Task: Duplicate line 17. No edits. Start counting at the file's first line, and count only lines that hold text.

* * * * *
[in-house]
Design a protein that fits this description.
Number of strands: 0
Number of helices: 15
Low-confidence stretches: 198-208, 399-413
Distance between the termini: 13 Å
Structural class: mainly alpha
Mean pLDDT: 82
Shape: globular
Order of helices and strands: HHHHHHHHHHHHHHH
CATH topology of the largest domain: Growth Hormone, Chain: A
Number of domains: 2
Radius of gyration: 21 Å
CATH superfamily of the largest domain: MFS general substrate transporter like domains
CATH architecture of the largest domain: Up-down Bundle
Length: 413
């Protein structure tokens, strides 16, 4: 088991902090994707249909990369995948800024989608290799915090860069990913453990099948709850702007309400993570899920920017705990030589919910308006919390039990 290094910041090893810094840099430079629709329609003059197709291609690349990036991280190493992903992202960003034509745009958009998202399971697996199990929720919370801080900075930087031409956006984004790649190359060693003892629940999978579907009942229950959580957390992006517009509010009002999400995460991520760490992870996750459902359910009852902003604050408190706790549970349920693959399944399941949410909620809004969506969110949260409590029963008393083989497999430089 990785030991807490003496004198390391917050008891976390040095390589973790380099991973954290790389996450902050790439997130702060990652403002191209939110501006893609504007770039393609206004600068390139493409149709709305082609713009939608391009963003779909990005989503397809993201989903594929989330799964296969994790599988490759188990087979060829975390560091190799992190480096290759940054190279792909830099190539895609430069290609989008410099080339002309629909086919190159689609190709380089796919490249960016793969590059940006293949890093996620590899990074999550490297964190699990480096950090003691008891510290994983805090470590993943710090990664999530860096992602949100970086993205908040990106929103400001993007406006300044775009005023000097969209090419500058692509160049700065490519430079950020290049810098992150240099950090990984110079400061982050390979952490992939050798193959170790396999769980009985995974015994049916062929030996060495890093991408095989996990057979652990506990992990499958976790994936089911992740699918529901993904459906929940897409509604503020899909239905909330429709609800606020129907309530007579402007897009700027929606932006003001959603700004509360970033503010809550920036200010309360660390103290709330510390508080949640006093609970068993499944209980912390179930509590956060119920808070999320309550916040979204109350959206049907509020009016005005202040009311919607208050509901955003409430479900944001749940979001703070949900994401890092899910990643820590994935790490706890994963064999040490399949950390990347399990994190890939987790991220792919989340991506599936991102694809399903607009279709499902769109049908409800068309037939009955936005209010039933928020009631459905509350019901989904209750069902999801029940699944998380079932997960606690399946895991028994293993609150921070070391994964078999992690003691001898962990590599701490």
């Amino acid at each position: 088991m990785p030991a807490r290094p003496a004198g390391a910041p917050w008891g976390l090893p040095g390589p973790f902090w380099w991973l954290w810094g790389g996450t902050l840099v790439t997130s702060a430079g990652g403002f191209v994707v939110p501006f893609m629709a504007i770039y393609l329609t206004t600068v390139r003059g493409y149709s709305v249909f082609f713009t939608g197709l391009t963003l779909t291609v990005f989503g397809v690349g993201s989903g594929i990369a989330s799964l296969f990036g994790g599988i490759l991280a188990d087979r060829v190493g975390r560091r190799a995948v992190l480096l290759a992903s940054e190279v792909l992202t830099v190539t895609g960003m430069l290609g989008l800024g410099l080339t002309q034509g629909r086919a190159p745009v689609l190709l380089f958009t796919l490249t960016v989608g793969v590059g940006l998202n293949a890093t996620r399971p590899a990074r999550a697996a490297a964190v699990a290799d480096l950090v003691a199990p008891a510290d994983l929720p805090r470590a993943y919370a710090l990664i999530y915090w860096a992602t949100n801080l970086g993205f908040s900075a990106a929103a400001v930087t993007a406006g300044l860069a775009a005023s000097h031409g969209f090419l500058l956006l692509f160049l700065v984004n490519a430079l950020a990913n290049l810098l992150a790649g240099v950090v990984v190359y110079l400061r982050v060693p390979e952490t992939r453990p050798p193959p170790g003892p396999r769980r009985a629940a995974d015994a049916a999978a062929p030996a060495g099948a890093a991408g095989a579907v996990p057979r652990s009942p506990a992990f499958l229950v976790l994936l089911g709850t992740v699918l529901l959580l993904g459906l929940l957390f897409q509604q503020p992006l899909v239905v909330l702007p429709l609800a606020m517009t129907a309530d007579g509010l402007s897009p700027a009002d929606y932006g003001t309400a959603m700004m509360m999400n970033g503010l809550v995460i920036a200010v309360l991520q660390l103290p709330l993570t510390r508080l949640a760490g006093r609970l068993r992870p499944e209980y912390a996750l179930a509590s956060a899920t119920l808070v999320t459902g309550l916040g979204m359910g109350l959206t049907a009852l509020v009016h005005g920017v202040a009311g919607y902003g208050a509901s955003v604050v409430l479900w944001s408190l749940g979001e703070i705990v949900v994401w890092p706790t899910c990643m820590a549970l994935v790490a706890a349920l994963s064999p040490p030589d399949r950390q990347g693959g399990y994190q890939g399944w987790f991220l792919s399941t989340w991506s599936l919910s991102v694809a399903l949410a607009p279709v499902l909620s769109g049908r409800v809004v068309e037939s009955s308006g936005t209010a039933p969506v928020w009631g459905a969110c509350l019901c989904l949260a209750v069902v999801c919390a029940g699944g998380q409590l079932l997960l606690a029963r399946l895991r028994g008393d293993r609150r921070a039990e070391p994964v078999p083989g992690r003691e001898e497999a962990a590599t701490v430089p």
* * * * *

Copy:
């Protein structure tokens, strides 16, 4: 088991902090994707249909990369995948800024989608290799915090860069990913453990099948709850702007309400993570899920920017705990030589919910308006919390039990 290094910041090893810094840099430079629709329609003059197709291609690349990036991280190493992903992202960003034509745009958009998202399971697996199990929720919370801080900075930087031409956006984004790649190359060693003892629940999978579907009942229950959580957390992006517009509010009002999400995460991520760490992870996750459902359910009852902003604050408190706790549970349920693959399944399941949410909620809004969506969110949260409590029963008393083989497999430089 990785030991807490003496004198390391917050008891976390040095390589973790380099991973954290790389996450902050790439997130702060990652403002191209939110501006893609504007770039393609206004600068390139493409149709709305082609713009939608391009963003779909990005989503397809993201989903594929989330799964296969994790599988490759188990087979060829975390560091190799992190480096290759940054190279792909830099190539895609430069290609989008410099080339002309629909086919190159689609190709380089796919490249960016793969590059940006293949890093996620590899990074999550490297964190699990480096950090003691008891510290994983805090470590993943710090990664999530860096992602949100970086993205908040990106929103400001993007406006300044775009005023000097969209090419500058692509160049700065490519430079950020290049810098992150240099950090990984110079400061982050390979952490992939050798193959170790396999769980009985995974015994049916062929030996060495890093991408095989996990057979652990506990992990499958976790994936089911992740699918529901993904459906929940897409509604503020899909239905909330429709609800606020129907309530007579402007897009700027929606932006003001959603700004509360970033503010809550920036200010309360660390103290709330510390508080949640006093609970068993499944209980912390179930509590956060119920808070999320309550916040979204109350959206049907509020009016005005202040009311919607208050509901955003409430479900944001749940979001703070949900994401890092899910990643820590994935790490706890994963064999040490399949950390990347399990994190890939987790991220792919989340991506599936991102694809399903607009279709499902769109049908409800068309037939009955936005209010039933928020009631459905509350019901989904209750069902999801029940699944998380079932997960606690399946895991028994293993609150921070070391994964078999992690003691001898962990590599701490």